"Did he say so?" said little Lucy, her hazel eyes opening wide with anxiety. "I never heard him say anything of that kind; I thought he approved of what we were doing."
"I'm sure he approves you," said Stephen, smiling at her affectionately; "your conduct in going out to-night looks vicious, I own, but I know there is benevolence at the bottom of it."
"Oh, you think too well of me," said Lucy, shaking her head, with a pretty blush, and there the subject ended. But it was tacitly understood that Stephen would not come in the evening; and on the strength of that tacit understanding he made his morning visit the longer, not saying good-bye until after four.
Maggie was seated in the drawing-room, alone, shortly after dinner, with Minny on her lap, having left her uncle to his wine and his nap, and her mother to the compromise between knitting and nodding, which, when there was no company, she always carried on in the dining-room till tea-time. Maggie was stooping to caress the tiny silken pet, and comforting him for his mistress's absence, when the sound of a footstep on the gravel made her look up, and she saw Mr. Stephen Guest walking up the garden, as if he had come straight from the river. It was very unusual to see him so soon after dinner! He often complained that their dinner-hour was late at Park House. Nevertheless, there he was, in his black dress; he had evidently been home, and must have come again by the river. Maggie felt her cheeks glowing and her heart beating; it was natural she should be nervous, for she was not accustomed to receive visitors alone. He had seen her look up through the open window, and raised his hat as he walked toward it, to enter that way instead of by the door. He blushed too, and certainly looked as foolish as a young man of some wit and self-possession can be expected to look, as he walked in with a roll of music in his hand, and said, with an air of hesitating improvisation, —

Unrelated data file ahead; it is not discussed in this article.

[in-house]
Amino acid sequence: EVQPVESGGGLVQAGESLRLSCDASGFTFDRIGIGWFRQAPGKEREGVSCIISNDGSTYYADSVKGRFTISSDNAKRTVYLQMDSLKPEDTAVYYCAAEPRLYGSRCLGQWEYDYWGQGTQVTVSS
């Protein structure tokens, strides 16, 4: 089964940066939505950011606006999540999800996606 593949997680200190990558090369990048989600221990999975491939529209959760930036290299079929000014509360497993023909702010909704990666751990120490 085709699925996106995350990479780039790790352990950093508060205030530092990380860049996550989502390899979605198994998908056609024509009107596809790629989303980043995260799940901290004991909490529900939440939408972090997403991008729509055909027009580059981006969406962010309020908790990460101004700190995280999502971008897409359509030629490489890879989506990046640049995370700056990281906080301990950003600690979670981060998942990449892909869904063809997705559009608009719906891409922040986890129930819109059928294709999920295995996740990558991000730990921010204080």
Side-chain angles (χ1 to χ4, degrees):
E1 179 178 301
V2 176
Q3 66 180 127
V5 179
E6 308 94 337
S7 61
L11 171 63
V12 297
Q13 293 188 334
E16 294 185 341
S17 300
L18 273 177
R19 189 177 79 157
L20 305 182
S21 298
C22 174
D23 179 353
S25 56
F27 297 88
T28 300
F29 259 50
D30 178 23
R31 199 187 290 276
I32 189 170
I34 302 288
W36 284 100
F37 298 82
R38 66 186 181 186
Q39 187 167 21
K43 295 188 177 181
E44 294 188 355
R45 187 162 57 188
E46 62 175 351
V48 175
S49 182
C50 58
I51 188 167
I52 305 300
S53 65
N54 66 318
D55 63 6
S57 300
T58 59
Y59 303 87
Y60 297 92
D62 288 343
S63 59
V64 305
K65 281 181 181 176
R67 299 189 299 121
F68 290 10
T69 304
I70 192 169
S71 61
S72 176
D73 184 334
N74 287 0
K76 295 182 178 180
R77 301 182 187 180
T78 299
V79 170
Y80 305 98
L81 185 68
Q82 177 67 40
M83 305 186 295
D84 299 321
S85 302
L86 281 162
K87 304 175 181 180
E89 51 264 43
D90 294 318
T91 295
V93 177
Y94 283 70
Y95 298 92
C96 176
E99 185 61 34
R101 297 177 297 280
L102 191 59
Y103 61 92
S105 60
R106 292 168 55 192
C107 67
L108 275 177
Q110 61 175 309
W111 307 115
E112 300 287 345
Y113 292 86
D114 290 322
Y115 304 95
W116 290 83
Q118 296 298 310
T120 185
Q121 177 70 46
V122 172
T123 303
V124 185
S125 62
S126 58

"You are surprised to see me again, Miss Tulliver; I ought to apologize for coming upon you by surprise, but I wanted to come into the town, and I got our man to row me; so I thought I would bring these things from the 'Maid of Artois' for your cousin; I forgot them this morning. Will you give them to her?"
"Yes," said Maggie, who had risen confusedly with Minny in her arms, and now, not quite knowing what else to do, sat down again.
Stephen laid down his hat, with the music, which rolled on the floor, and sat down in the chair close by her. He had never done so before, and both he and Maggie were quite aware that it was an entirely new position.
"Well, you pampered minion!" said Stephen, leaning to pull the long curly ears that drooped over Maggie's arm. It was not a suggestive remark, and as the speaker did not follow it up by further development, it naturally left the conversation at a standstill. It seemed to Stephen like some action in a dream that he was obliged to do, and wonder at himself all the while, — to go on stroking Minny's head. Yet it was very pleasant; he only wished he dared look at Maggie, and that she would look at him, — let him have one long look into those deep, strange eyes of hers, and then he would be satisfied and quite reasonable after that. He thought it was becoming a sort of monomania with him, to want that long look from Maggie; and he was racking his invention continually to find out some means by which he could have it without its appearing singular and entailing subsequent embarrassment. As for Maggie, she had no distinct thought, only the sense of a presence like that of a closely hovering broad-winged bird in the darkness, for she was unable to look up, and saw nothing but Minny's black wavy coat.